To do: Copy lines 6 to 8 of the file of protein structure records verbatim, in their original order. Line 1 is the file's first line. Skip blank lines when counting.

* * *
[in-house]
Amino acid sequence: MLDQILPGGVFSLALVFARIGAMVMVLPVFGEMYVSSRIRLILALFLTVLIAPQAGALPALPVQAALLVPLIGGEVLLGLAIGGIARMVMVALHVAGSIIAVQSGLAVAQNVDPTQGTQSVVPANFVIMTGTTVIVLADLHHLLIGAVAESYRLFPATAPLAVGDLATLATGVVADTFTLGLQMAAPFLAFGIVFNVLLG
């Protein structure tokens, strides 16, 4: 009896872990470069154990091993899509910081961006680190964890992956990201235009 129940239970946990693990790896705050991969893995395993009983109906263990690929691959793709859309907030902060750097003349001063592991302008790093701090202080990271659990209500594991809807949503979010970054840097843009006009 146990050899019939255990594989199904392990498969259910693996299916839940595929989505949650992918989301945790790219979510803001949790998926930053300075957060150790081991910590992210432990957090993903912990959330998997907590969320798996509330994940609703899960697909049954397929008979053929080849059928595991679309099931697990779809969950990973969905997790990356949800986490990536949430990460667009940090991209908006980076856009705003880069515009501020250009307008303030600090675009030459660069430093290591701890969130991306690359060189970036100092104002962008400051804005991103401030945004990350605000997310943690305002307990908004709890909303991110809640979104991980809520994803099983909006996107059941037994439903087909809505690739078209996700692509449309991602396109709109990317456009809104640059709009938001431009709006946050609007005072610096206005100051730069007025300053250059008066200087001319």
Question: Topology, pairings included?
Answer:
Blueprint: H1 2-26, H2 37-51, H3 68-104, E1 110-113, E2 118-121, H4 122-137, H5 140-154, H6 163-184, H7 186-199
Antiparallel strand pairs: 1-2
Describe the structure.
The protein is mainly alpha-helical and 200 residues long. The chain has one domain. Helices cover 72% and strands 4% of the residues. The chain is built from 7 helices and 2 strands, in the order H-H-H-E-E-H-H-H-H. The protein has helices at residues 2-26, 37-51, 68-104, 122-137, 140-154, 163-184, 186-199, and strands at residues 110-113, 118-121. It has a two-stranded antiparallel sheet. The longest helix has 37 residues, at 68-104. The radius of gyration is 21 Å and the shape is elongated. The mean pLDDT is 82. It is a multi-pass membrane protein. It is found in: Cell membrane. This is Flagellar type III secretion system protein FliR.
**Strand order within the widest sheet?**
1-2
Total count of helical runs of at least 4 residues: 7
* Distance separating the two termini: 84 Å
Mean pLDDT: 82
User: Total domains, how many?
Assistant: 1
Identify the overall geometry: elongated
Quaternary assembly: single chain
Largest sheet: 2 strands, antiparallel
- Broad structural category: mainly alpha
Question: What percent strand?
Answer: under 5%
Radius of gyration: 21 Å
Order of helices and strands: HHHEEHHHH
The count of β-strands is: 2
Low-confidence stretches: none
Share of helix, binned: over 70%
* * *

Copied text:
Blueprint: H1 2-26, H2 37-51, H3 68-104, E1 110-113, E2 118-121, H4 122-137, H5 140-154, H6 163-184, H7 186-199
Antiparallel strand pairs: 1-2
Describe the structure.